“The Court finds the Certificate of Materialman as modified (Exhibit KK) insufficient to establish a right to rely thereon in order to create an estoppel and, in any event, further finds that Northland Park Homes, Inc. failed to prove that it actually relied on Exhibit KK in disbursing a draw to Deluth Construction Company.”

“Whenever any payment of money becomes due from the owner, part owner, or lessee, or whenever the original contractor desires to draw any money from the owner, part owner, or lessee, under their contract, or whenever any mortgagee makes a written demand, such contractor shall make out and give to the owner, part owner, lessee, or mortgagee, or his agent, a statement under oath, showing the name and address of every laborer in his employ who has not been paid in full and also showing the name and address of every subcontractor in his employ, and of every person furnishing machinery, material, or fuel, and giving the amount which is due or to become due to them, or any of them, for work done, or machinery, material, or fuel furnished to him, which statement shall be accompanied by a certificate signed by every person furnishing machinery, material, or fuel to him. * * *

“In lieu of such certificate, there may be furnished a written waiver of lien, release, or receipt.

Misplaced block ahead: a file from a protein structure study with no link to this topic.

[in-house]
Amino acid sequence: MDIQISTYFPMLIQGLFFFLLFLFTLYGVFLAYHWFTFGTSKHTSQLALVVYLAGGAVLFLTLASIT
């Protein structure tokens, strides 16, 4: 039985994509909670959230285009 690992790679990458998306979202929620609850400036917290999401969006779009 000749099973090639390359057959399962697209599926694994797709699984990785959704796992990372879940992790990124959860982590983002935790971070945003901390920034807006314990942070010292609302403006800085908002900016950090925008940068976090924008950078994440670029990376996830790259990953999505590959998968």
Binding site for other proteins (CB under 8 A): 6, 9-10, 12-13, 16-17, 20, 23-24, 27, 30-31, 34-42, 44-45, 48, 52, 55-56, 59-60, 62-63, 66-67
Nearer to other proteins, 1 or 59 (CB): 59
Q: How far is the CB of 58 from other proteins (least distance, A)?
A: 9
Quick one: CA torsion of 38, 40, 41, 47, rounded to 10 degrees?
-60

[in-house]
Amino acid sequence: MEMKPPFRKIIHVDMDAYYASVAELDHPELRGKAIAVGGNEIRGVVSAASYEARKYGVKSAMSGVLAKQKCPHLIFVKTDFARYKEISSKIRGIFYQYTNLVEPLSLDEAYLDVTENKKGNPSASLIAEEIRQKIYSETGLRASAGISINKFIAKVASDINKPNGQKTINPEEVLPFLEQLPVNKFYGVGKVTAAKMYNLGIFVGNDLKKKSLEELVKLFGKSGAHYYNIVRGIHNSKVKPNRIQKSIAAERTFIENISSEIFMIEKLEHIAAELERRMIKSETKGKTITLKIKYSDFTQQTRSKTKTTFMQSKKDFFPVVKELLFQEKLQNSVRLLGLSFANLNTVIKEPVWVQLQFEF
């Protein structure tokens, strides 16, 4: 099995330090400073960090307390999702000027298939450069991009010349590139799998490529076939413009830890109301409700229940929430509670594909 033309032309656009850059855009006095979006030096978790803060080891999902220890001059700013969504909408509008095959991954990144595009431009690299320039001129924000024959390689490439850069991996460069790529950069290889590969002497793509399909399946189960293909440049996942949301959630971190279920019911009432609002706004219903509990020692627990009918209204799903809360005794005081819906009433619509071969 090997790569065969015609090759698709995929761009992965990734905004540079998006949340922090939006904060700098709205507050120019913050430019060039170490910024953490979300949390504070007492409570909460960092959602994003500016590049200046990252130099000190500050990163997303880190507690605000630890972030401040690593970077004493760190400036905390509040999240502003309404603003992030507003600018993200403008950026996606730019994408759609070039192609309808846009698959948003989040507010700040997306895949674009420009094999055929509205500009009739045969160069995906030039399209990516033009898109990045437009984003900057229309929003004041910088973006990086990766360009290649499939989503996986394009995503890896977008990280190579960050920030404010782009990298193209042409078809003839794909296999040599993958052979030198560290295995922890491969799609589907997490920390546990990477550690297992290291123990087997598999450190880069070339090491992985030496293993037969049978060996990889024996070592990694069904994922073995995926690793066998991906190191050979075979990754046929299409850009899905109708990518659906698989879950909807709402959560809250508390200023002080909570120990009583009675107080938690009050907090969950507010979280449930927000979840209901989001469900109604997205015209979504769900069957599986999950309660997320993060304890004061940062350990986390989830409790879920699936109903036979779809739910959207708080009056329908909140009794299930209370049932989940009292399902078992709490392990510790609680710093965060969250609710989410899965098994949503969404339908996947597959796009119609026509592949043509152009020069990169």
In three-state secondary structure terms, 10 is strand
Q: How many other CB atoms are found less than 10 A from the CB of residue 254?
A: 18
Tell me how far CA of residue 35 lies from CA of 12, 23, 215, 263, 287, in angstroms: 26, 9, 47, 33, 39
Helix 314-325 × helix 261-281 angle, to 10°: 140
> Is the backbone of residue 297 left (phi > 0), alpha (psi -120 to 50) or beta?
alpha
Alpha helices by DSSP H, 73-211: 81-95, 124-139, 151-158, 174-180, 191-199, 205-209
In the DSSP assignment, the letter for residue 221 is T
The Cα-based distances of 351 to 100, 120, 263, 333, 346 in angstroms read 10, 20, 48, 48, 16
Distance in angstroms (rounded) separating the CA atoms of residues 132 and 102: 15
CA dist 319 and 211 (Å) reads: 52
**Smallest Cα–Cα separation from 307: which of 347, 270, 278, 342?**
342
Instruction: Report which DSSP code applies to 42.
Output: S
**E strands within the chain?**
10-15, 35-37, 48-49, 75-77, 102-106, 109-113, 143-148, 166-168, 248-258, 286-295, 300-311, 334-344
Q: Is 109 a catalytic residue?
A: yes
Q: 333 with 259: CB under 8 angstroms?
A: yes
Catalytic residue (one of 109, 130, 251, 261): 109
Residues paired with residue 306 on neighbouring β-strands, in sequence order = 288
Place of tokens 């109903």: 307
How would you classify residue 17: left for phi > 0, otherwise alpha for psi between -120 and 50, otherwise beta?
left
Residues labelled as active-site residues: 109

“The original contractor shall also deliver to such owner, part owner, lessee, or mortagagee similar sworn statements from each subcontractor, accompanied by like certificates from every person furnishing machinery, material, or fuel to such subcontractor. The owner, part owner, lessee, or his agent shall retain out of any money then due or to become due to the principal contractor, an amount sufficient to pay all demands that are due or to become due to such subcontractors, laborers, and materialmen, as shown by the contractors’ and subcontractors’ statements and the certificates of materialmen for work done or machinery, material, or fuel furnished, and shall pay said money to them according to their respective rights. All payments so *61made shall, as between such owner, part owner, lessee, or mortgagee, and such contractor, subcontractors, and persons performing labor or furnishing machinery, material, or fuel, be considered the same as if paid to such original contractor, and such owner, part owner, lessee, or mortgagee shall thereupon be released of any further liability to the extent of such payments so made.